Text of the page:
In an Oct. 26, 2015, file photo, supporters of legal physician-assisted suicide rally outside the New Mexico Supreme Court in Santa Fe. (AP/Russell Contreras, File)
The New York Times ran a story earlier this week by Lola Fadulu about Lynda Bluestein, a Connecticut woman with late-stage fallopian tube cancer who wishes to end her life. Connecticut does not permit physician-assisted suicide, so Bluestein sought to procure help in Vermont, where it is legal. Vermont, however, has a residency requirement, so Bluestein has sued Vermont, seeking to have the residency requirement deemed unconstitutional.
"Thanksgiving is typically a joyous time for the Bluestein family. Their Bridgeport, Conn., home is filled with laughter, music and even a cooking competition," the article began. "But last fall, the mood was somber. 'I think next year will be the year that Grandma will die,' Lynda Bluestein, 75, recalled telling her husband, children and grandchildren as they gathered in the living room."
You need to have a heart of stone not to be moved by Bluestein's story. And that is the problem.
Like all good journalists, Fadulu interviewed people on both sides of the contentious issue.
"It's just unfair, and it doesn't really make sense to restrict some sort of medical practice just based on ZIP code or residency," said Amitai Heller from the pro-assisted-suicide group Compassion & Choices.
"Rather than trying to address the needs of vulnerable people, we offer them the possibility of killing themselves," said Brian Kane, a senior director of ethics with the Catholic Health Association.
Obviously, my sympathies are with Kane's argument precisely because it is what the church teaches and it coheres with the value of human life and dignity that we Christians believe is integral to our understanding of the faith.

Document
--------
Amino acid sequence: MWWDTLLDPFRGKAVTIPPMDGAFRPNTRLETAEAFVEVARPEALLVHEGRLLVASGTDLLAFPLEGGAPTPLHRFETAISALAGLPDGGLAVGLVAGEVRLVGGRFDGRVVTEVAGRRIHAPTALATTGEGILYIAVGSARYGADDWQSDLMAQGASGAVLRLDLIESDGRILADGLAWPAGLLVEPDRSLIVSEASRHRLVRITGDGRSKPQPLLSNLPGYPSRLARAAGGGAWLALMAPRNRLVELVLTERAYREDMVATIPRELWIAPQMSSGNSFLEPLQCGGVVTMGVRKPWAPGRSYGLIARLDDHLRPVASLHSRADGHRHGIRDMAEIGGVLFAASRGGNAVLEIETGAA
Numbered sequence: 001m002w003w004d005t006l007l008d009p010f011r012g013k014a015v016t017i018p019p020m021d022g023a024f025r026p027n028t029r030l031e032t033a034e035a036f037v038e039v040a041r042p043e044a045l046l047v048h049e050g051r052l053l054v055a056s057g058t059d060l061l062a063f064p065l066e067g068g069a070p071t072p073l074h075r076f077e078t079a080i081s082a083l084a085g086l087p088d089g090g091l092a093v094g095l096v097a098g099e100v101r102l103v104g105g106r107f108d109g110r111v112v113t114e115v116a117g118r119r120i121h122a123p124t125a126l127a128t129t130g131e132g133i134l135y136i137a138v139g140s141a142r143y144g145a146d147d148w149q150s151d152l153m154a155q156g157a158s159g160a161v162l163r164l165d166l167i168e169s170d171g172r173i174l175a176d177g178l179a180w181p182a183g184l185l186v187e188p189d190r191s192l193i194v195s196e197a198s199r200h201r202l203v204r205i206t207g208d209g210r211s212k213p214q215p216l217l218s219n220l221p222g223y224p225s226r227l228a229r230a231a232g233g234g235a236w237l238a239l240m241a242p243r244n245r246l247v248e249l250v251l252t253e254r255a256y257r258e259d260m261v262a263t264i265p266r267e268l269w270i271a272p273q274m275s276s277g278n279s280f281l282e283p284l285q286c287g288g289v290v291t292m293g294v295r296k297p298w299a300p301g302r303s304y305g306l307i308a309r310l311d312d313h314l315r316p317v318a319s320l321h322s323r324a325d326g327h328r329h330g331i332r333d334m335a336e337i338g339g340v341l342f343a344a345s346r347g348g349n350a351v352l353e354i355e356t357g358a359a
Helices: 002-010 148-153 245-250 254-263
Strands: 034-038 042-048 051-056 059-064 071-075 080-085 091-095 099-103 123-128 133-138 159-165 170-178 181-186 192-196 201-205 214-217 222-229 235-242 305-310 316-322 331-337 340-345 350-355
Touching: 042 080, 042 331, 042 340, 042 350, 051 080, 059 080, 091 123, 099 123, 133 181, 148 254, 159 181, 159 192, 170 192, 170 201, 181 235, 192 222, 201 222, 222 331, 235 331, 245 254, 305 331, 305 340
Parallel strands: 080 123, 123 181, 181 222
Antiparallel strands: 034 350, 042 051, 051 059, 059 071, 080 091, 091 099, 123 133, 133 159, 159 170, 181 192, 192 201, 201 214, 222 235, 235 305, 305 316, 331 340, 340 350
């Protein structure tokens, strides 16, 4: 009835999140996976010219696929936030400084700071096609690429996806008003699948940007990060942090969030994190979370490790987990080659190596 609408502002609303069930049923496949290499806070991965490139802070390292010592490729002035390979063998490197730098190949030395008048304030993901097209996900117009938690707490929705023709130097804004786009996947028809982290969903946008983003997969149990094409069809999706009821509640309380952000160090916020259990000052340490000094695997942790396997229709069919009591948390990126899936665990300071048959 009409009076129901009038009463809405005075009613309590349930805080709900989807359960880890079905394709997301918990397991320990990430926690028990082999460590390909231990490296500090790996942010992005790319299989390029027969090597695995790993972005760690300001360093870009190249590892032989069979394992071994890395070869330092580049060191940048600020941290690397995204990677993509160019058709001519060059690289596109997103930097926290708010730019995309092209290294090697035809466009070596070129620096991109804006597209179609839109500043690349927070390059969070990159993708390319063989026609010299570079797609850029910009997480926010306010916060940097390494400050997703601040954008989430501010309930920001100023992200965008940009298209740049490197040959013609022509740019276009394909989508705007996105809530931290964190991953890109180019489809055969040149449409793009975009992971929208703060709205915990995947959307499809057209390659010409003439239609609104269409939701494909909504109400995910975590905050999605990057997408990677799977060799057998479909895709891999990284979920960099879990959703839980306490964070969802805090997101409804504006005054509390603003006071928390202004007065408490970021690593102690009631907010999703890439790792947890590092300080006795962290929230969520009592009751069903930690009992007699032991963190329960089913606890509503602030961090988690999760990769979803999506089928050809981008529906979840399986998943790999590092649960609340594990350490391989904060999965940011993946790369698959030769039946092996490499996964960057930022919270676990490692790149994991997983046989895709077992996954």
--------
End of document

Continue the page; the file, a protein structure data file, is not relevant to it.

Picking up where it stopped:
The voices of experts, however, can't compete with the emotional punch of Bluestein's comments. She recounts her own mother's final days when her mom was so fatigued from chemotherapy, she did not even want to see Bluestein and her brother. "We had no time with her at the end of her life," Bluestein said. "I don't want my children, who are now 45 and 47 years old, to have those memories of me at the very end."
This emphasis on personal, deeply emotional testimony always privileges the libertarian argument in an ethical debate. No one wants to be considered heartless, and the reporter did not interview others who might be impacted negatively by medically assisted suicide.
Surely, there are instances where an elderly person is pressured into the decision to end their life by a child who is too selfish to want to shoulder any additional burden of caring for a sick parent, but the selfish child certainly isn't going to admit his or her motives on the record and I doubt the very ill and vulnerable elder would care to share that story either.
It was good that the reporter interviewed a disability rights activist, who said of assisted suicide: "There's just no place for it, especially when we have such a long history of racial disparities in health care and disability discrimination in health care."